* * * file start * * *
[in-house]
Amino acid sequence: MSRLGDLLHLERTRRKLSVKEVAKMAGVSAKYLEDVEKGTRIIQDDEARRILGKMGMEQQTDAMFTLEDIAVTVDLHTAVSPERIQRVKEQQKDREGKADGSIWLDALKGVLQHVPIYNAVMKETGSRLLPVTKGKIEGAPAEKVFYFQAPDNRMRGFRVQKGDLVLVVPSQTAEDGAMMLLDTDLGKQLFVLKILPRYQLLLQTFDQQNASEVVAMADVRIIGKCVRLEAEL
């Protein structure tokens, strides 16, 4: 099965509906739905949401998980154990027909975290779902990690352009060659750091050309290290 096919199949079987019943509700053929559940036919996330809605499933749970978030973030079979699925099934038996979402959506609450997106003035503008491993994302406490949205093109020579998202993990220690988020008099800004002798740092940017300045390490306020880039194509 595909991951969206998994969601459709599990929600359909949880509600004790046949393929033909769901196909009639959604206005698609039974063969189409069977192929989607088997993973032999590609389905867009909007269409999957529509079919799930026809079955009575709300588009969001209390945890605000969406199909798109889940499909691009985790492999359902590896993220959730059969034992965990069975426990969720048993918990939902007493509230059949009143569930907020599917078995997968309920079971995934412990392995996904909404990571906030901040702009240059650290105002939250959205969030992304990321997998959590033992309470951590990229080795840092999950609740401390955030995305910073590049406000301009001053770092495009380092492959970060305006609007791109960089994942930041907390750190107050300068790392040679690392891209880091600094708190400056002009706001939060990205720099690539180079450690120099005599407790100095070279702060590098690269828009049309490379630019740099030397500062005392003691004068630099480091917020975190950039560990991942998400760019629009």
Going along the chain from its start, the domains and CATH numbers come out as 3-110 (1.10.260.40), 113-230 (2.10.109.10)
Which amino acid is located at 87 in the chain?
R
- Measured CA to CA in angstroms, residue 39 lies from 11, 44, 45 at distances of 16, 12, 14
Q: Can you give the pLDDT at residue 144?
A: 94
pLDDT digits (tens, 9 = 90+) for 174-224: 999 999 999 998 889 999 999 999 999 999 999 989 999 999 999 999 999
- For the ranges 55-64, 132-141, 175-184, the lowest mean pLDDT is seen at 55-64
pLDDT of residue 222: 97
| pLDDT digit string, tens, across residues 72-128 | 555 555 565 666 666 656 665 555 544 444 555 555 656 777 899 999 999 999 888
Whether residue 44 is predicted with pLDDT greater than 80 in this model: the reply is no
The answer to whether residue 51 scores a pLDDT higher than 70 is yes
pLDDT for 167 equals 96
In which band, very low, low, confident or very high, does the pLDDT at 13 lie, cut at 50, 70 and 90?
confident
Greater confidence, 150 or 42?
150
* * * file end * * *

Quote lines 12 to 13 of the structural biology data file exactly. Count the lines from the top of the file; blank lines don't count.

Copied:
pLDDT of residue 222: 97
| pLDDT digit string, tens, across residues 72-128 | 555 555 565 666 666 656 665 555 544 444 555 555 656 777 899 999 999 999 888